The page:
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Keywords:

  • RODENT;
  • MECHANICAL LOADING;
  • ORTHOPEDICS;
  • BONE;
  • EXERCISE;
  • LINKAGE;
  • GENE/GENETIC RESEARCH

ABSTRACT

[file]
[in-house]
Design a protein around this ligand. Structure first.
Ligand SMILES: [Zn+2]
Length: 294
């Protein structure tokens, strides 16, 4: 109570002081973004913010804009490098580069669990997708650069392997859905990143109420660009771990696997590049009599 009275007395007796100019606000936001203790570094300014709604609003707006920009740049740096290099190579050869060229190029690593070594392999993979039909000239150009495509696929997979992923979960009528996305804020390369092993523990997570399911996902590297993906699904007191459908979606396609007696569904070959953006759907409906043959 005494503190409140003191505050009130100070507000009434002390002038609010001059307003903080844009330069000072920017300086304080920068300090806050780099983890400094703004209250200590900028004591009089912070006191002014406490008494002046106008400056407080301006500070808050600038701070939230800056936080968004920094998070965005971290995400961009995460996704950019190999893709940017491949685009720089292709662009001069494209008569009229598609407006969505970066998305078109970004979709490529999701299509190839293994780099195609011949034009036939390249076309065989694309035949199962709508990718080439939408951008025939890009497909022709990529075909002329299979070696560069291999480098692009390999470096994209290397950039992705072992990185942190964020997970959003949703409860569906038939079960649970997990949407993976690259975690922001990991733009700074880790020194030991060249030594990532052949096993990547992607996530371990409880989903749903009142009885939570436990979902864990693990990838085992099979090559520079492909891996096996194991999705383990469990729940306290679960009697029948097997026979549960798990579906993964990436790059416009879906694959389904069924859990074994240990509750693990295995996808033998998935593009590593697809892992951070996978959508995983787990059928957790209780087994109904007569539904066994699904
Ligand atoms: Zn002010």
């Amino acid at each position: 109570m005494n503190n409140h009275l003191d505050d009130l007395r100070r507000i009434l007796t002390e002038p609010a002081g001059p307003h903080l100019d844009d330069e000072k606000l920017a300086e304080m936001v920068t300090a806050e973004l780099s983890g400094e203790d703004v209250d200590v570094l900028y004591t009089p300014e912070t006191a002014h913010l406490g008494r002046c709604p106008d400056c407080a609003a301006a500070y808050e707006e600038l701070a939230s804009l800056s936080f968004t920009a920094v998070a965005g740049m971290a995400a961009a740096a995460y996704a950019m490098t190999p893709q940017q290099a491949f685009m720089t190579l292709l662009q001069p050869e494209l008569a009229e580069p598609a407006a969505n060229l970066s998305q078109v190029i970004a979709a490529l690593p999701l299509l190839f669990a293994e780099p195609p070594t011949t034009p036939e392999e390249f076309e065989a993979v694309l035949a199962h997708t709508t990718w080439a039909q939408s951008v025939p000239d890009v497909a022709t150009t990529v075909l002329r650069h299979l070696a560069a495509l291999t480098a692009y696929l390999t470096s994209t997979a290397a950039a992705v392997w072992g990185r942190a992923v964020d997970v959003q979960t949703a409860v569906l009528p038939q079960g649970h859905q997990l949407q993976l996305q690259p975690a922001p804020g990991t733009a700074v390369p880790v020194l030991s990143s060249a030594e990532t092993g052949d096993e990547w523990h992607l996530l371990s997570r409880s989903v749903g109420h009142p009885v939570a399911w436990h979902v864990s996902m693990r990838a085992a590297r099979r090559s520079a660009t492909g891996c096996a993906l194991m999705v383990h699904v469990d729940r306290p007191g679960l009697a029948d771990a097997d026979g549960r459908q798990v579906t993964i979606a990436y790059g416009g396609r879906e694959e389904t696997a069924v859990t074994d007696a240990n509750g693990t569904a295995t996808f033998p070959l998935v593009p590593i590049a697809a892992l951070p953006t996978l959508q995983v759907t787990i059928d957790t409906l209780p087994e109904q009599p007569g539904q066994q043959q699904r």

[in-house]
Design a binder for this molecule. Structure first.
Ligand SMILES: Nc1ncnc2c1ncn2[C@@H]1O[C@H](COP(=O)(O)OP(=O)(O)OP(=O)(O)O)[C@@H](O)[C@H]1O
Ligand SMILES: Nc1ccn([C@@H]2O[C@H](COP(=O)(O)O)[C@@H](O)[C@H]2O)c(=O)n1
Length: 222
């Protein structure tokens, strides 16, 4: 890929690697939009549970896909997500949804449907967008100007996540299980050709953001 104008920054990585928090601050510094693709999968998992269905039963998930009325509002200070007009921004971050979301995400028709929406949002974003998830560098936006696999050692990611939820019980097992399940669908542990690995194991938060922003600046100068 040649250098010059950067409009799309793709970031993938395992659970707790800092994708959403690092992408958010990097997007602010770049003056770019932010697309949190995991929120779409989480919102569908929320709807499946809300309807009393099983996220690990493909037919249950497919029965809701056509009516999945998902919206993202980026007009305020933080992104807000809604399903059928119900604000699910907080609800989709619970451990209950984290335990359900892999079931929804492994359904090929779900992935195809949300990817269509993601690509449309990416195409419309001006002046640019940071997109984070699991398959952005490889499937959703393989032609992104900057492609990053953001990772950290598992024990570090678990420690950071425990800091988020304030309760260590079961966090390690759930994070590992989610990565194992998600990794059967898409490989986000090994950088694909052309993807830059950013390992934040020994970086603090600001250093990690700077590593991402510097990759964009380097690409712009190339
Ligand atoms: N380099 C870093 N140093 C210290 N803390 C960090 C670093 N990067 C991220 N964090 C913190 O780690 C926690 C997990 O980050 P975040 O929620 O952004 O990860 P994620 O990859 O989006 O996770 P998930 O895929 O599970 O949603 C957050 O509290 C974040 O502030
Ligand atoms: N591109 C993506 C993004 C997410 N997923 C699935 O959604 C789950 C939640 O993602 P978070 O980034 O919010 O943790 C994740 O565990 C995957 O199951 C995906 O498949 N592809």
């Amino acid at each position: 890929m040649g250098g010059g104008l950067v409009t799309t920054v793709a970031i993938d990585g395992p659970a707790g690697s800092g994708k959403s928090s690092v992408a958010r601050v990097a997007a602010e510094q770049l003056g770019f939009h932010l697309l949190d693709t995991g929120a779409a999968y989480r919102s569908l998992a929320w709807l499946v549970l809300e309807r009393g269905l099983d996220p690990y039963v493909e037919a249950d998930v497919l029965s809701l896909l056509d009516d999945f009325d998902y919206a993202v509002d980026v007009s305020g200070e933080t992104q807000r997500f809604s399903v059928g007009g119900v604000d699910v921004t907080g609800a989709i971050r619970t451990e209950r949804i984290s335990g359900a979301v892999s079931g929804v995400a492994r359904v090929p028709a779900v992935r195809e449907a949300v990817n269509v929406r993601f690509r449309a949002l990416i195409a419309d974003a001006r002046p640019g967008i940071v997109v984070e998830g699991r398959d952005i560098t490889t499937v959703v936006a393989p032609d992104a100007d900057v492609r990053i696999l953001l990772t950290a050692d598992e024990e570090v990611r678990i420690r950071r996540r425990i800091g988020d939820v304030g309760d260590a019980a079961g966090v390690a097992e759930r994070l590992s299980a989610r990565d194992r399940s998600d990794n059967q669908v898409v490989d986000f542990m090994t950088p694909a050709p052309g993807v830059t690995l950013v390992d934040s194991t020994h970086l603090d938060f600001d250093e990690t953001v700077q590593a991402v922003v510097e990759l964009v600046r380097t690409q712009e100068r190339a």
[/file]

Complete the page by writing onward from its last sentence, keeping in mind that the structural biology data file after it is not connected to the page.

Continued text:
Changes in trabecular morphology during unloading and reloading are marked by large variations between individuals, implying that there is a strong genetic influence on the magnitude of the response. Here, we subjected more than 350 second-generation (BALBxC3H) 4-month-old adult female mice to 3 weeks of hindlimb unloading followed by 3 weeks of reambulation to identify the quantitative trait loci (QTLs) that define an individual's propensity to either lose trabecular bone when weight bearing is removed or to gain trabecular bone when weight bearing is reintroduced. Longitudinal in vivo micro–computed tomography (µCT) scans demonstrated that individual mice lost between 15% and 71% in trabecular bone volume fraction (BV/TV) in the distal femur during unloading (average: −43%). Changes in trabecular BV/TV during the 3-week reambulation period ranged from a continuation of bone loss (−18%) to large additions (56%) of tissue (average: +10%). During unloading, six QTLs accounted for 21% of the total variability in changes in BV/TV whereas one QTL accounted for 6% of the variability in changes in BV/TV during reambulation. QTLs were also identified for changes in trabecular architecture. Most of the QTLs defining morphologic changes during unloading or reambulation did not overlap with those QTLs identified at baseline, suggesting that these QTLs harbor genes that are specific for sensing changes in the levels of weight bearing. The lack of overlap in QTLs between unloading and reambulation also emphasizes that the genes modulating the trabecular response to unloading are distinct from those regulating tissue recovery during reloading. The identified QTLs contain the regulatory genes underlying the strong genetic regulation of trabecular bone's sensitivity to weight bearing and may help to identify individuals that are most susceptible to unloading-induced bone loss and/or the least capable of recovering.